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Flyers 5, Islanders 2: It’s Jake Voracek’s world and we’re just living in it

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Five thoughts as the Flyers move to just five points back from a playoff spot.

Philadelphia Flyers v New York Islanders Photo by Bruce Bennett/Getty Images

They did it! Not only did they beat the New York Islanders twice in a week, but they also chased both of their starting goaltenders! After coming out flat (as usual) they woke up and poured on four unanswered goals as they cruised to another victory.

Data courtesy of Natural Stat Trick and Money Puck

1. The Couturier line thrives after being reunited

Following Jakub Voracek’s two-game absence, his individual return also marked the return of the trio of Voracek, Sean Couturier, and Oskar Lindblom. And boy, were they good. The three were the Flyers’ only line to finish the game north of 50% in on-ice shot and scoring chance share, and picked up a goal early in the second period — Couturier’s team-leading 28th of the season.

It’s no secret that whichever line Couturier plays on tends to be the team’s most effective unit, but last night it felt more like Voracek was the main driver behind their success. While all three positively impacted the game, it was Voracek who looked to be involved in everything from the very beginning. He left the game with a unique statistical profile — two primary assists and seven penalty minutes, including a five minute major for interference — but it was his play throughout that drove the Flyers to a successful outing. Physically involved throughout, the bearded one who is often criticized for his lack of defensive play made a mark in all three zones last night. His reverse-hit on Johnny Boychuk will surely be what’s talked about most, but let’s take a moment to appreciate the fact that Voracek accomplished something last night that only fourteen other players in Flyers history have done: score 500 points as a member of the orange and the black.

2. Flyers concede quantity, not quality

While the Islanders hit the net two more times, and out-shot them 45 to 38 at 5-on-5, it was the Flyers who were able to generate a higher number of dangerous chances and also capitalize on them. Per Money Puck’s expected goals model, the Flyers owned 62.6% of the flurry, score, and venue-adjusted expected goal total at even strength, and 56.06% of it across all situations. They held the Islanders to just 1.44 xG at 5-on-5, with their only shot with over a 30% chance of becoming a goal coming at the end of the game, Nick Leddy’s rebound goal. The Flyers on the other hand had three of such chances, all leading to goals.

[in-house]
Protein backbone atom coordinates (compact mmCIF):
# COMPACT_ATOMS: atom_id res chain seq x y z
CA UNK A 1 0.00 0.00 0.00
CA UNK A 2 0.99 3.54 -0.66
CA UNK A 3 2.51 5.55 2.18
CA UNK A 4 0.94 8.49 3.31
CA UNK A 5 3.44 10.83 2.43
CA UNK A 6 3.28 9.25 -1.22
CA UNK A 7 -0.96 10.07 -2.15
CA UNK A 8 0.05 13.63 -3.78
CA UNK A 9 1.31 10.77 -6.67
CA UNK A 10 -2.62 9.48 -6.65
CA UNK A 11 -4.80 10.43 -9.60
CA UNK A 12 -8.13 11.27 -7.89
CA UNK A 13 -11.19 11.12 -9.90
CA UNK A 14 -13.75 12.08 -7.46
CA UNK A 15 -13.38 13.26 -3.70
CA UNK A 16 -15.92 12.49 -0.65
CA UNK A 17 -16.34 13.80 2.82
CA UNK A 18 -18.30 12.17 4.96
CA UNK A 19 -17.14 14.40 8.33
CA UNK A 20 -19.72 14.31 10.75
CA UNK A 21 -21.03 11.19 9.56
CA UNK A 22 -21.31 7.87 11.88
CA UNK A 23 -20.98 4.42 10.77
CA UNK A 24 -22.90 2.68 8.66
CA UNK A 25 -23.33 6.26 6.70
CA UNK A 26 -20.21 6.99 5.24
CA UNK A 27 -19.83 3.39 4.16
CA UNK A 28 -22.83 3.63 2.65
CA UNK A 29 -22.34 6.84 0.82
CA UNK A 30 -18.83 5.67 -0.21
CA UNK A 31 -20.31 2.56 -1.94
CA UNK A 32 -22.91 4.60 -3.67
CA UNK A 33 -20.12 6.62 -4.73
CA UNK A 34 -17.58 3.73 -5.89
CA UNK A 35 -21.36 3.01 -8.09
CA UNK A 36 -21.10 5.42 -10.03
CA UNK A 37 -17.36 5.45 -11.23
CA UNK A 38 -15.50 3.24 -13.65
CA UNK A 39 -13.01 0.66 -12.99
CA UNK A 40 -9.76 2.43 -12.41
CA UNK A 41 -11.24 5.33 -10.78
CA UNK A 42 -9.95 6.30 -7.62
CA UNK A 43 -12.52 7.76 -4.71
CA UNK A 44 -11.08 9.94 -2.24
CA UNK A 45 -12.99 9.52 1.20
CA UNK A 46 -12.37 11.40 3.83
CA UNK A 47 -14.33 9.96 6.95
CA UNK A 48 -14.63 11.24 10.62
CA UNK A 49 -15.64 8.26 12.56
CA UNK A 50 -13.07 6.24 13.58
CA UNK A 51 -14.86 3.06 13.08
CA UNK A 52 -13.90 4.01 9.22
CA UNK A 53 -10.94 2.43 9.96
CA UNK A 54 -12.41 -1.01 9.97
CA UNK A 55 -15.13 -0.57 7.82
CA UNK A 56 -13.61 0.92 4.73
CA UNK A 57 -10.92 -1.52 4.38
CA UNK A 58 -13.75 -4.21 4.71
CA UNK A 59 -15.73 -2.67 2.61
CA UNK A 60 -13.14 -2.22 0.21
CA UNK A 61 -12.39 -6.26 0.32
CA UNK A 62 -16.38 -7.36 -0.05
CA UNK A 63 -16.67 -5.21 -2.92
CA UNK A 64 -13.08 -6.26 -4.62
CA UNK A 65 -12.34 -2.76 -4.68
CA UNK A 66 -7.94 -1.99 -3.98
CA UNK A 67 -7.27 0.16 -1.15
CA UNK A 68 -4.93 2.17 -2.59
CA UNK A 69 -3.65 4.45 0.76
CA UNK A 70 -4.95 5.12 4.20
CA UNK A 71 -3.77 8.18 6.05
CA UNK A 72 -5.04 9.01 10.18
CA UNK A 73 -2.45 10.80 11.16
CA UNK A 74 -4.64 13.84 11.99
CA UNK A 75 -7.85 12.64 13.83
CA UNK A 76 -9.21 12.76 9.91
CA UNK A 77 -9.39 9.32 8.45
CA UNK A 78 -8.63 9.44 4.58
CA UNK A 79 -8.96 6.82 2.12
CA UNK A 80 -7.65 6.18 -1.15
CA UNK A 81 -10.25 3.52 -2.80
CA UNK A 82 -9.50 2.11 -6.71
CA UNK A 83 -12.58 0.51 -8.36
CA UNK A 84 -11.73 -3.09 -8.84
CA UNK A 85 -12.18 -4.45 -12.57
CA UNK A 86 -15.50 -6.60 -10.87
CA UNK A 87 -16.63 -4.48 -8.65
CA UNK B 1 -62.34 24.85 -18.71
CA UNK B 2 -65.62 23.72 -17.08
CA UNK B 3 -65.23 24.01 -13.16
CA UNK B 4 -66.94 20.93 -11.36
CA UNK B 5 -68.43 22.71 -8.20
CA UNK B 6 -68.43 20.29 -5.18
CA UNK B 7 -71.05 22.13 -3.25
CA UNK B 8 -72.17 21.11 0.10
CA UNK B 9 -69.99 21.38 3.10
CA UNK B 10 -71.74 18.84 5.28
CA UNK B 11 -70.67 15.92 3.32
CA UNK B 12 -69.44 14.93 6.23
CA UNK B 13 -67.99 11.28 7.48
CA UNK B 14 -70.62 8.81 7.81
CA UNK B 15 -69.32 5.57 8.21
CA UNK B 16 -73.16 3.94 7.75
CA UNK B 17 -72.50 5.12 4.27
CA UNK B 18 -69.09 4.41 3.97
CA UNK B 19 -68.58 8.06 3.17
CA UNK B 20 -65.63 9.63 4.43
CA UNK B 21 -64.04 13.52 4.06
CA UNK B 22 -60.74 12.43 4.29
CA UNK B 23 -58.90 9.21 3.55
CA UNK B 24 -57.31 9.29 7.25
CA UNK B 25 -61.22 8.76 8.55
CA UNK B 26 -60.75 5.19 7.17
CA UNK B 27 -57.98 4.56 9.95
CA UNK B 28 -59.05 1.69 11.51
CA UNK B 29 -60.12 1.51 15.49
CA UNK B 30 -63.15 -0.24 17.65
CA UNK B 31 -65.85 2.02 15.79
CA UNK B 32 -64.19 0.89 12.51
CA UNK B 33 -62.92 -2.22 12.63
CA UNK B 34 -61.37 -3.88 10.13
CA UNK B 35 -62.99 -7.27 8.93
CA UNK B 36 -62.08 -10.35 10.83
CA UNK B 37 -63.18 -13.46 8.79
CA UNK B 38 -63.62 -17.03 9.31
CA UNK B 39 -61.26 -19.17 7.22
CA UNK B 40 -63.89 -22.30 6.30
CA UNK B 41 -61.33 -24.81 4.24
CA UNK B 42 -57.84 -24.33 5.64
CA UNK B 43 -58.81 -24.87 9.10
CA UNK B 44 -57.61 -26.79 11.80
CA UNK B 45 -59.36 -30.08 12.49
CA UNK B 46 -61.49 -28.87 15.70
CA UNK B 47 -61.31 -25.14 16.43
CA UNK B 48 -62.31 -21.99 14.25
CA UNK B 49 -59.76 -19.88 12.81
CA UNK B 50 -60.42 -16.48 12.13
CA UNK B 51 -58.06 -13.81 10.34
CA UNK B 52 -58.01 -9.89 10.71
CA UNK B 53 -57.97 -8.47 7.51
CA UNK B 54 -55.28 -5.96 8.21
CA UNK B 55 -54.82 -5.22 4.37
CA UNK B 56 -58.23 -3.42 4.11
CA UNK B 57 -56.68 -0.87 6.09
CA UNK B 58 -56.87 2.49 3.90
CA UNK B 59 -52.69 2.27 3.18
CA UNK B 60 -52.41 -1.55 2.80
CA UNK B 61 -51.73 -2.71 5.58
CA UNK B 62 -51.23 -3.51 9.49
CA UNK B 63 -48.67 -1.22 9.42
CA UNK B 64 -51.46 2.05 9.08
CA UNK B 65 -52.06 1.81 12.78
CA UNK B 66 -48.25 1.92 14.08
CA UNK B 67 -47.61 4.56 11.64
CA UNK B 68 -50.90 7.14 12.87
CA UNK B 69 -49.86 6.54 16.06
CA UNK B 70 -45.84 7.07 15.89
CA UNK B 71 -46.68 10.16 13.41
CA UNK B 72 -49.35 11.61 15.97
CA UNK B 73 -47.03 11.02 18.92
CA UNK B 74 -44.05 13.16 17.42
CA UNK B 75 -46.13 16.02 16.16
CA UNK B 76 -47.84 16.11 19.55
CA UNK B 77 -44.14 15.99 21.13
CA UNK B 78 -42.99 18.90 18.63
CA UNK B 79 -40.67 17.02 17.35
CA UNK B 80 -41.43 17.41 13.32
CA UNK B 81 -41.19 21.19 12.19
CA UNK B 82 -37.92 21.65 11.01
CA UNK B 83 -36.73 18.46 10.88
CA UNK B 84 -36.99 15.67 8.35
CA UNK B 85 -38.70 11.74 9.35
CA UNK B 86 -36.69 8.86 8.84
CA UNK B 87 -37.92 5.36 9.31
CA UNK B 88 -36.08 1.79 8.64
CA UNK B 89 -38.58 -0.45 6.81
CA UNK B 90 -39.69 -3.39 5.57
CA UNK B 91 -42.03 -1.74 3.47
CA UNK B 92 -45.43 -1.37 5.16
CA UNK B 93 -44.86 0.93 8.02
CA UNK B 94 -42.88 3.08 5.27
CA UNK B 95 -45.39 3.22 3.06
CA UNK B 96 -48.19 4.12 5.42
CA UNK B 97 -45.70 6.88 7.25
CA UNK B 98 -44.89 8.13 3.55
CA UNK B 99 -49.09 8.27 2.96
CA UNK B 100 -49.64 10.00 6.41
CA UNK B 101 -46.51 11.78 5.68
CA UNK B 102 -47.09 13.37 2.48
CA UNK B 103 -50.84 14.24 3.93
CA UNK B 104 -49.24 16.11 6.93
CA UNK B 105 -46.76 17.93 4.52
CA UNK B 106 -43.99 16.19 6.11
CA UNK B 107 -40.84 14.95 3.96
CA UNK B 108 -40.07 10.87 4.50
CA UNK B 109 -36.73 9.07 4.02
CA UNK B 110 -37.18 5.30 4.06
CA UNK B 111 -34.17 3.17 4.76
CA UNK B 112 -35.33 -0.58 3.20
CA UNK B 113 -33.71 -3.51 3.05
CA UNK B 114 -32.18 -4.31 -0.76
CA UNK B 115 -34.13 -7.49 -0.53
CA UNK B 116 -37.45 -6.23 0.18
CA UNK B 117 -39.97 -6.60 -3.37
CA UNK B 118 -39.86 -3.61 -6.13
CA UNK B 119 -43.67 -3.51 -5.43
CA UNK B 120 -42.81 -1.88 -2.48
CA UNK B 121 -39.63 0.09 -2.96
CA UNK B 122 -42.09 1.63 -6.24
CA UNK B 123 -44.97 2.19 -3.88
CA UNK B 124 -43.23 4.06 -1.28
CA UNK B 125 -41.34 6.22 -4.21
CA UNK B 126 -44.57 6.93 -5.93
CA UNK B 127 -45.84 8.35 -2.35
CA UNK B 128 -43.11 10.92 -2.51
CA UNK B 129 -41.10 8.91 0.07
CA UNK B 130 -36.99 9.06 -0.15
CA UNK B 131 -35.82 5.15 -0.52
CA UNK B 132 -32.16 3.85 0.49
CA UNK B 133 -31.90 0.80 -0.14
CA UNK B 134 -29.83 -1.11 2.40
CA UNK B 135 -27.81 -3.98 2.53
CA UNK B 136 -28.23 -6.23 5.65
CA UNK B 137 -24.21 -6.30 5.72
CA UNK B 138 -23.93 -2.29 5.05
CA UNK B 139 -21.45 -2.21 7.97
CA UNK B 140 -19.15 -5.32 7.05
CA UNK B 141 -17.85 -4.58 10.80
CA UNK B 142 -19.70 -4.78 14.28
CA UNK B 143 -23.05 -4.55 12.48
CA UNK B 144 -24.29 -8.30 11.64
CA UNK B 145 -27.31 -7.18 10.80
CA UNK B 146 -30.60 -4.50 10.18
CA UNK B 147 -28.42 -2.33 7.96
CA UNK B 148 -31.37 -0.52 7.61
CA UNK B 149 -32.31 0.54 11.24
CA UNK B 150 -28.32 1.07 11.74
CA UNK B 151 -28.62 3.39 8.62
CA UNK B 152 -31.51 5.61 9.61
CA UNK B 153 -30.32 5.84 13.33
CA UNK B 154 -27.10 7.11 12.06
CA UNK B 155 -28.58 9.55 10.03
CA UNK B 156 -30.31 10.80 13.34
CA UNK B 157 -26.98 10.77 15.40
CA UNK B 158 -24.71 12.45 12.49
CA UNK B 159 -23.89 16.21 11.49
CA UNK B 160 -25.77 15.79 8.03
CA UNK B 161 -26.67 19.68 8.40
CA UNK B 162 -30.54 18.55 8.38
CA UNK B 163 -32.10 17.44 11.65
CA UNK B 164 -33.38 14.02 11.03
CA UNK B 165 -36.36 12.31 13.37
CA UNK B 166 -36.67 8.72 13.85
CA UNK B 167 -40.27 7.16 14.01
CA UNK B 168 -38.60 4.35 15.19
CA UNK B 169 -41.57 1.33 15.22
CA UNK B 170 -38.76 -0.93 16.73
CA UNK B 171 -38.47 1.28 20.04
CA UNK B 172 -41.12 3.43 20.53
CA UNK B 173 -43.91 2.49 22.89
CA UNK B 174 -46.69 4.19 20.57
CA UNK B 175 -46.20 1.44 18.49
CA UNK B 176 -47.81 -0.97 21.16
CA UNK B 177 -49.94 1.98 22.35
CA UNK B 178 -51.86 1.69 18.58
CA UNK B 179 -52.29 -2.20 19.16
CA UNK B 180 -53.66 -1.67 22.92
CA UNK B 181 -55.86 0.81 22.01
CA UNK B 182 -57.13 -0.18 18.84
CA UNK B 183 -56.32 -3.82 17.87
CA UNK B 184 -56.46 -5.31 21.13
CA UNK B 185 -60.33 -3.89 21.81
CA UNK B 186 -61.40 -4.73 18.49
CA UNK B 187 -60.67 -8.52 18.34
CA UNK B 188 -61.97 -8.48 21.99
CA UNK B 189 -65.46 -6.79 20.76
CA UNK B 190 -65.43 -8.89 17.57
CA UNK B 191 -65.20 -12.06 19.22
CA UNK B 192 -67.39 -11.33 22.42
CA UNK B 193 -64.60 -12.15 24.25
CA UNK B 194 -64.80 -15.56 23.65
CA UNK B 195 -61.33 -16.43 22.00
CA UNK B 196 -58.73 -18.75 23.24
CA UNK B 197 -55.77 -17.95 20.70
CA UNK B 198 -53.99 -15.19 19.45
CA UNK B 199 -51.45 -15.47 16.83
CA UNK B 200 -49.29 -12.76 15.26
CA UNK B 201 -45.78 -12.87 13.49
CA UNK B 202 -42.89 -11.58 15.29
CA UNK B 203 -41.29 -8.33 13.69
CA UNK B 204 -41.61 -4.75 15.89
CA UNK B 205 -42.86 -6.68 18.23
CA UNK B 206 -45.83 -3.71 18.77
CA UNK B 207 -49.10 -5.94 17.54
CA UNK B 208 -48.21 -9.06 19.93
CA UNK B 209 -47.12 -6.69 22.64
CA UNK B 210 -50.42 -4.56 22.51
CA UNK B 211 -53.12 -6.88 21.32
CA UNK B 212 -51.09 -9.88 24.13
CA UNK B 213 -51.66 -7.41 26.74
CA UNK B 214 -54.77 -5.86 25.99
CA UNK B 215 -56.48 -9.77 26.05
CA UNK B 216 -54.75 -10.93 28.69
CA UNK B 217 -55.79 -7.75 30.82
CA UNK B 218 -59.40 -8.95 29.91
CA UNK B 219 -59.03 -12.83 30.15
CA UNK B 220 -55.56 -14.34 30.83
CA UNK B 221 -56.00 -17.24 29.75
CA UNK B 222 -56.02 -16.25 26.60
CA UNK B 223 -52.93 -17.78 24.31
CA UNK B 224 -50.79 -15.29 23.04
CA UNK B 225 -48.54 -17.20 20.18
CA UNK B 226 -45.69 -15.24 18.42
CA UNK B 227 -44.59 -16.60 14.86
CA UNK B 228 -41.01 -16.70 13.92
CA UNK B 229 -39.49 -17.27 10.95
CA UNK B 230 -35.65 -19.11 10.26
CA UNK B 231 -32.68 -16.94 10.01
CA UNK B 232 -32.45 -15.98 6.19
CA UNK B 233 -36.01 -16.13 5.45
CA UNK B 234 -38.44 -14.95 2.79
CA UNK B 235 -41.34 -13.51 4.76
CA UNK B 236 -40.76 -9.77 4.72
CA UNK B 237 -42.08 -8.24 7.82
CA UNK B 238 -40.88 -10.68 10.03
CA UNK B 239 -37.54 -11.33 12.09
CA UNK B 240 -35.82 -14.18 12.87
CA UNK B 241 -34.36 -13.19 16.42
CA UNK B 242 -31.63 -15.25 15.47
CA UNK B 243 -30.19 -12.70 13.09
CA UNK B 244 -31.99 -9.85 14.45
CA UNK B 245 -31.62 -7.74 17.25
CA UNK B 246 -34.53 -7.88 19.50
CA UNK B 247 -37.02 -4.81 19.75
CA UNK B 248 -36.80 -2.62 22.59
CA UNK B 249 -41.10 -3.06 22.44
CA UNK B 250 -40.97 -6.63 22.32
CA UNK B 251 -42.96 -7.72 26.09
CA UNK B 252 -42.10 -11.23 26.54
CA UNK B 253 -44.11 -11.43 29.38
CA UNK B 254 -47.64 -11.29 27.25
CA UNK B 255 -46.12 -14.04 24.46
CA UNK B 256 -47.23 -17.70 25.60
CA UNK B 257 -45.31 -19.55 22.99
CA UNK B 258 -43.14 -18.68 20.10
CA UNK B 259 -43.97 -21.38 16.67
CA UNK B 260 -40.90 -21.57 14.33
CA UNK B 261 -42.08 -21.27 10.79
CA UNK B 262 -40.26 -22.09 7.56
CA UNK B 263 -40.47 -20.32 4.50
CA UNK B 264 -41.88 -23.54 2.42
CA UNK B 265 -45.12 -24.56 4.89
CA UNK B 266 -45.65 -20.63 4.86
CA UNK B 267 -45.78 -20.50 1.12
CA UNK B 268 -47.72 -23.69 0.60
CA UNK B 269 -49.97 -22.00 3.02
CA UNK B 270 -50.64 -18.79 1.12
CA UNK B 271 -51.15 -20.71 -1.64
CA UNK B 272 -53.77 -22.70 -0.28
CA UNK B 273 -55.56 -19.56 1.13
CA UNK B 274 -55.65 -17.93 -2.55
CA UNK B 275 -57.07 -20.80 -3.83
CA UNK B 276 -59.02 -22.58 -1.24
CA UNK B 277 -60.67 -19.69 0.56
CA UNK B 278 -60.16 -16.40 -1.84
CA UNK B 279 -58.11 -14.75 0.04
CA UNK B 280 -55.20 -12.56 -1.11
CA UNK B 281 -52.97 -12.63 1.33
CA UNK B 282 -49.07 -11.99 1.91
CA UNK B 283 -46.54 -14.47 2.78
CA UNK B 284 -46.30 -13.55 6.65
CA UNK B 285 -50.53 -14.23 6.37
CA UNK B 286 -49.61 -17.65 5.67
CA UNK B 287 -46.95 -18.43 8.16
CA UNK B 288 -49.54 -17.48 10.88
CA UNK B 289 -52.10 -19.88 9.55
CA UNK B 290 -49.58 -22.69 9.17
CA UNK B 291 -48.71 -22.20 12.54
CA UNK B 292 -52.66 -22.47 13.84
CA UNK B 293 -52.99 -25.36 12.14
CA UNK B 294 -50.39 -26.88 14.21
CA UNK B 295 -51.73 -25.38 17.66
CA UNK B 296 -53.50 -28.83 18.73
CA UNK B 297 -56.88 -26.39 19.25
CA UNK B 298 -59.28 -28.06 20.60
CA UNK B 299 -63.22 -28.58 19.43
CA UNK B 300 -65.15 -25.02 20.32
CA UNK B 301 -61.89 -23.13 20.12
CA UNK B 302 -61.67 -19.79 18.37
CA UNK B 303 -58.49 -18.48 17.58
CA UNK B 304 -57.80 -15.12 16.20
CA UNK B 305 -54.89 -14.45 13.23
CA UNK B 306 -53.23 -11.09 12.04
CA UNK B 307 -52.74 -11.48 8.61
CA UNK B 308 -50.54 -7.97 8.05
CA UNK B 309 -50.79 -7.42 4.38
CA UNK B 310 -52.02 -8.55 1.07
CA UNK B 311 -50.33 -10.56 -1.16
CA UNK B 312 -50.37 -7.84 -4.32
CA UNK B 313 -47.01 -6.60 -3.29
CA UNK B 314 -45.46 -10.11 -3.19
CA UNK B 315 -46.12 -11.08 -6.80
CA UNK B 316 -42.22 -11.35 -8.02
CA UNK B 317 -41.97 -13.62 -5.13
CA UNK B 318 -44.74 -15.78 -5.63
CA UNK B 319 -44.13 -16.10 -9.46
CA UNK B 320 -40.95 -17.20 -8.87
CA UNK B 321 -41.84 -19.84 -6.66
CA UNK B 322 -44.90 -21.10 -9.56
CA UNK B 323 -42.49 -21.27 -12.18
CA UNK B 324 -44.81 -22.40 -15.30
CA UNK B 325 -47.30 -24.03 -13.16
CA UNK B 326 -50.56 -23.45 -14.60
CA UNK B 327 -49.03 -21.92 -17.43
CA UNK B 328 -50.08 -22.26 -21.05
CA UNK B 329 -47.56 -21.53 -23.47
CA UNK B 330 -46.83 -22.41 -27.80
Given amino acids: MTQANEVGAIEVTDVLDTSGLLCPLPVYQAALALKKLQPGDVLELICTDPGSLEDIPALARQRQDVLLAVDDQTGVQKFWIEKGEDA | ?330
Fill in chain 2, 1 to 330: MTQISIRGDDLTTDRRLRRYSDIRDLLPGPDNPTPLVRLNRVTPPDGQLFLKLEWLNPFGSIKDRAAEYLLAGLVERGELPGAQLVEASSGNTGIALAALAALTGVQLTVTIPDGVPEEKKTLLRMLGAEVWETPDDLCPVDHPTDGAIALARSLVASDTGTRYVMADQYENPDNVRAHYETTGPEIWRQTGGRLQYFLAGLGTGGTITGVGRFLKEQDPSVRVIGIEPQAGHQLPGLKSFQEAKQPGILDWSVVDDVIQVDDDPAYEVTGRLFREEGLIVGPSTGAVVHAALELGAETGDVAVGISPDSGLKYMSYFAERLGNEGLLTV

The team’s success in this department had a lot to do with the play of their two stalwarts on defense, Ivan Provorov and Travis Sanheim. When the two were on the ice the Flyers owned 76.48% of the xG share, but neither of the team’s two other defensive pairs managed to finish with an xGF% above 30. The Flyers were a different team when they were on the ice, and they, along with the Couturier line, were absolutely driving factors behind the Flyers’ success last night. Maybe the biggest.

Usually it’s the Flyers that we tend to see cycle the puck with seemingly no purpose as they continue to fire away from the point time after time, but this time they were the team forcing the opposition to play that style of offense. It was nice to see the role reversed.

3. Sigh, the power play

The first unit’s struggles in their last game — really this last stretch of games — carried over into last night’s contest as they failed to strike on both of their opportunities. In two minutes and sixteen seconds of power play time, the first unit generated a grand total of one scoring chance. One! They also only took three shots at the net, which, well, isn’t ideal either. It’s been said many times by many people that ever since they moved Claude Giroux to the right side of the ice, the power play looks less threatening. And I wholeheartedly agree. So, where’s the disconnect between what a lot of us are seeing versus what the coaching staff sees? Thankfully, we sort of have an answer.

When asked about Giroux playing on his natural side of the ice on the power play rather than his off-side, Scott Gordon gave a very long, detailed answer. You can read the full quote for yourself here, courtesy of Dave Isaac, but for the sake of space and time let’s summarize it with a few bullet points:

  • The power play was at 12% before the change and has since improved.
  • They wanted to maximize James van Riemsdyk’s effectiveness.
  • They were taking too many point shots in the old set-up, and the shots weren’t getting through to the net.
  • It’s easier for players to protect the puck on their natural side.